Yi yi – A Resplendent Character Study on Our Emotional Complexity

                                             One of modern cinema’s greatest tragedies is the death of 59 year old Taiwanese director Edward Yang (from colon cancer in 2007). He made his directorial debut at the age of 35 in 1982 with “In Our Time”. The eight films he made in his career were highly regarded among art-house & festival circuits, but his films didn’t reach wider audience like the works of other film-makers, belonging to Taiwanese new wave – Hou Hsiao-hsien & Tsai Ming-liang. Yang’s four hour sociopolitical epic “A Bright Summer Day” (1991) and the multi-generational masterpiece “Yi yi” (A One and a Two, 2000) were the works that reached and grabbed the attention of cinephiles around the globe (he earned ‘Best Director’ award in Cannes for ‘Yi yi’). Personally, Yang’s “Yi yi” has on lasting influence on me. The film takes us on a one year trip into the lives of a Taipei middle-class family. It examines all kinds of emotions an ordinary family feels with an unbelievable amount of nuance.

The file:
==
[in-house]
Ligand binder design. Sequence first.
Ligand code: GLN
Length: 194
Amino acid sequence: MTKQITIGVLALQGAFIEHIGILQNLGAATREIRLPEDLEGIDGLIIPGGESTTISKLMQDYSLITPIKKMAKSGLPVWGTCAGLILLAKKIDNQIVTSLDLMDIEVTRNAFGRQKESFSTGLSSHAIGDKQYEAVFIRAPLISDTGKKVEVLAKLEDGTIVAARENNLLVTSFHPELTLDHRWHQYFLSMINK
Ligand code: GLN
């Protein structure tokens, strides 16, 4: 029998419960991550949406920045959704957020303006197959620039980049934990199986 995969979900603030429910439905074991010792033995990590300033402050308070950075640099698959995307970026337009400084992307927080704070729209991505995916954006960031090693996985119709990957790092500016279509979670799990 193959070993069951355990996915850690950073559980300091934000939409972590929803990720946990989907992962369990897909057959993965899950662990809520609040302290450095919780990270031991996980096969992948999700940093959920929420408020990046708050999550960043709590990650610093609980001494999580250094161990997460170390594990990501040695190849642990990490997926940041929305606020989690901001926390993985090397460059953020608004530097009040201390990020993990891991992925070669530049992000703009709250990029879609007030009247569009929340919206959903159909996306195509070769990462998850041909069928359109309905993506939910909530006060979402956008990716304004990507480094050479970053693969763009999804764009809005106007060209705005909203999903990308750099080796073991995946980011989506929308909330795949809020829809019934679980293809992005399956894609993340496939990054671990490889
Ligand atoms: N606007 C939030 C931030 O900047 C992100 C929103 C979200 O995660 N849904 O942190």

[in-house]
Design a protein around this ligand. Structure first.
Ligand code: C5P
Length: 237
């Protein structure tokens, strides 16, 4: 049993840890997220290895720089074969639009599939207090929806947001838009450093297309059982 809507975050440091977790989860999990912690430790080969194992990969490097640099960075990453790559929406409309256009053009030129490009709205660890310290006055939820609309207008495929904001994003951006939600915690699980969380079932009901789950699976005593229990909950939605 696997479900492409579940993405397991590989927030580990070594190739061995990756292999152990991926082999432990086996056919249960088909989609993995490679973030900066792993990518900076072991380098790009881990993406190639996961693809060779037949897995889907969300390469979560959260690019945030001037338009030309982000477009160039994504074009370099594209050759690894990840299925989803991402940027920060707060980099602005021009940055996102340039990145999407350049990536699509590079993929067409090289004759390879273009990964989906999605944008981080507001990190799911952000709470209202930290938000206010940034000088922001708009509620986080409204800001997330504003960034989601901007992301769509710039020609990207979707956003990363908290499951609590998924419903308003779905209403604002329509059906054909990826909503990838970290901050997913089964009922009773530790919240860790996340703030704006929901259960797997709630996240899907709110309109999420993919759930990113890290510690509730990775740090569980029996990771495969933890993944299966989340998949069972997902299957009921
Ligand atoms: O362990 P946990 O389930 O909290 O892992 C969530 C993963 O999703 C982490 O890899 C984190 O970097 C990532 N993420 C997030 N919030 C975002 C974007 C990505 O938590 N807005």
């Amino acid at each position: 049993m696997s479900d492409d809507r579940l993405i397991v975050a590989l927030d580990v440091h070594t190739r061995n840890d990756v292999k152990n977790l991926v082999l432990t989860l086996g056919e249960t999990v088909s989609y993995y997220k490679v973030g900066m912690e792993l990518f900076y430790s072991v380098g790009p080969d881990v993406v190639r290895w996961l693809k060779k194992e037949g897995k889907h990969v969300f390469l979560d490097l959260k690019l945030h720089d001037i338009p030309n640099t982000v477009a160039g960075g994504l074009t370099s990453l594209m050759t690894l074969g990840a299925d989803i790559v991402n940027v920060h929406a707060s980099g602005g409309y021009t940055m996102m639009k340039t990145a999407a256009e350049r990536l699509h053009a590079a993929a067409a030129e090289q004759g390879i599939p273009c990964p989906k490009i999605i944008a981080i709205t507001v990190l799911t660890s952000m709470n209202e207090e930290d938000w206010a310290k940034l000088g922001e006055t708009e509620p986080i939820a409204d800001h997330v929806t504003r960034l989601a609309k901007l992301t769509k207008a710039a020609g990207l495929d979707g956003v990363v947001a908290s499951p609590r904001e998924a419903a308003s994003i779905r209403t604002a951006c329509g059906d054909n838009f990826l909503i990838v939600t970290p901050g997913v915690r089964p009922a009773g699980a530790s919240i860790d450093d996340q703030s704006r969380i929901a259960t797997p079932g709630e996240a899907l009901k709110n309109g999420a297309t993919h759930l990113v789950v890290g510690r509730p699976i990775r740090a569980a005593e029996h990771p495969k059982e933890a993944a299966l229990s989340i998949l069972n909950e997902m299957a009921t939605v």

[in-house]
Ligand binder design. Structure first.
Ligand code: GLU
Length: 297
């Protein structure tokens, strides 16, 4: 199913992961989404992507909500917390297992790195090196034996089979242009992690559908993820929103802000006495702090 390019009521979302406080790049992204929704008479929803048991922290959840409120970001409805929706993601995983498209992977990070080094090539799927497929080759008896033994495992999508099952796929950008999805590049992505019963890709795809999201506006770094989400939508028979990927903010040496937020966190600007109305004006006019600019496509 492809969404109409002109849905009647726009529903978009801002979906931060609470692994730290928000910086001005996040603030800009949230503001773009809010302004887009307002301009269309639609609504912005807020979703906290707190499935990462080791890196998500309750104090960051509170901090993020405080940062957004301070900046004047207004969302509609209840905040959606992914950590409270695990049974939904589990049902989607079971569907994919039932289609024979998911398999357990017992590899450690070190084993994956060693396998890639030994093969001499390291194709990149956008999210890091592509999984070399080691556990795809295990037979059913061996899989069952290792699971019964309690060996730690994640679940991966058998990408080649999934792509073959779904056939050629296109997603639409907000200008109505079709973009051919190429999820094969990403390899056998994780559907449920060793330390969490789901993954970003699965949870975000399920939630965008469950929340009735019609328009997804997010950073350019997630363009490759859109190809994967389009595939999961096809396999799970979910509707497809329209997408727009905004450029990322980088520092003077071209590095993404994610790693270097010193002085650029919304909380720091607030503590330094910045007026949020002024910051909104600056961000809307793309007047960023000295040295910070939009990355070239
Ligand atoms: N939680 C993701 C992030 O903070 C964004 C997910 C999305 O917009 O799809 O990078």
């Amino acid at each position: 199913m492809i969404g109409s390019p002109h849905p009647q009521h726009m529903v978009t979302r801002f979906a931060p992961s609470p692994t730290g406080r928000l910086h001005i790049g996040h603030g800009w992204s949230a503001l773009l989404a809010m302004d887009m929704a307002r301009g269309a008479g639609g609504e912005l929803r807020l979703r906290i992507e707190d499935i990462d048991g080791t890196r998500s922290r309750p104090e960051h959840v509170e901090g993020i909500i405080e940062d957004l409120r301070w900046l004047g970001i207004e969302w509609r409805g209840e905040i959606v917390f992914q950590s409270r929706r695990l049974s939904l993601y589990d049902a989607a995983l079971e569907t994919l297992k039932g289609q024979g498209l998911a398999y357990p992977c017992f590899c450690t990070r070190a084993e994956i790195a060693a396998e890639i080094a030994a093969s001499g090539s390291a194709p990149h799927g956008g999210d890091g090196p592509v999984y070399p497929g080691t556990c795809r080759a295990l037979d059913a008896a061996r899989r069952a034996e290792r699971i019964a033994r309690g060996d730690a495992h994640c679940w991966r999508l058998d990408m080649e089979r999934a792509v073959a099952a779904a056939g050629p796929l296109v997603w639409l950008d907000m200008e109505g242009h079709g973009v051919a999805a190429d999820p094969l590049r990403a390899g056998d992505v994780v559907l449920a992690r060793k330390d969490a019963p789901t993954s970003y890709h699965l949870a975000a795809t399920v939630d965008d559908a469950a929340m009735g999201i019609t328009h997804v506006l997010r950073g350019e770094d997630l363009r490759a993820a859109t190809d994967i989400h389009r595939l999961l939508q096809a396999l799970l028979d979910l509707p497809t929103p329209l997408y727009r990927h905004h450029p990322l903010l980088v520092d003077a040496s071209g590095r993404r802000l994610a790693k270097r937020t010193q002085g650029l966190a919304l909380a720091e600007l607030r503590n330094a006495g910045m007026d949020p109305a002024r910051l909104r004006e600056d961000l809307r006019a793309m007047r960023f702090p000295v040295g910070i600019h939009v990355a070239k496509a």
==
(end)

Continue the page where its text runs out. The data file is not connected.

“Yi yi” starts with a Chinese wedding and ends with a funeral service, which might make the viewers to easily observe the ‘circle of life’ message. But, Yang’s simplistic yet philosophical narrative approach bestows a one of a kind movie experience. The middle-aged father NJ Jian (Wu Nienjen) is one of the partners in a computer hardware firm that’s going through a transitional stage. The film opens with the marriage of NJ’s brother-in-law A-Di (Hsi-Sheng Chen). The visuals of easygoing wedding celebrations make us feel at home.  Then a distraught woman arrives, crying in front of the family matriarch (A-Di’s mother): “It should have been me marrying your son” and she asks “where’s that pregnant bitch” (addressing A-Di’s bride). As the title-card emerges, we get a closer look at the elegant grandmother (Ru-Yun Tang), a former teacher, who feels too old to encounter all the familial strife.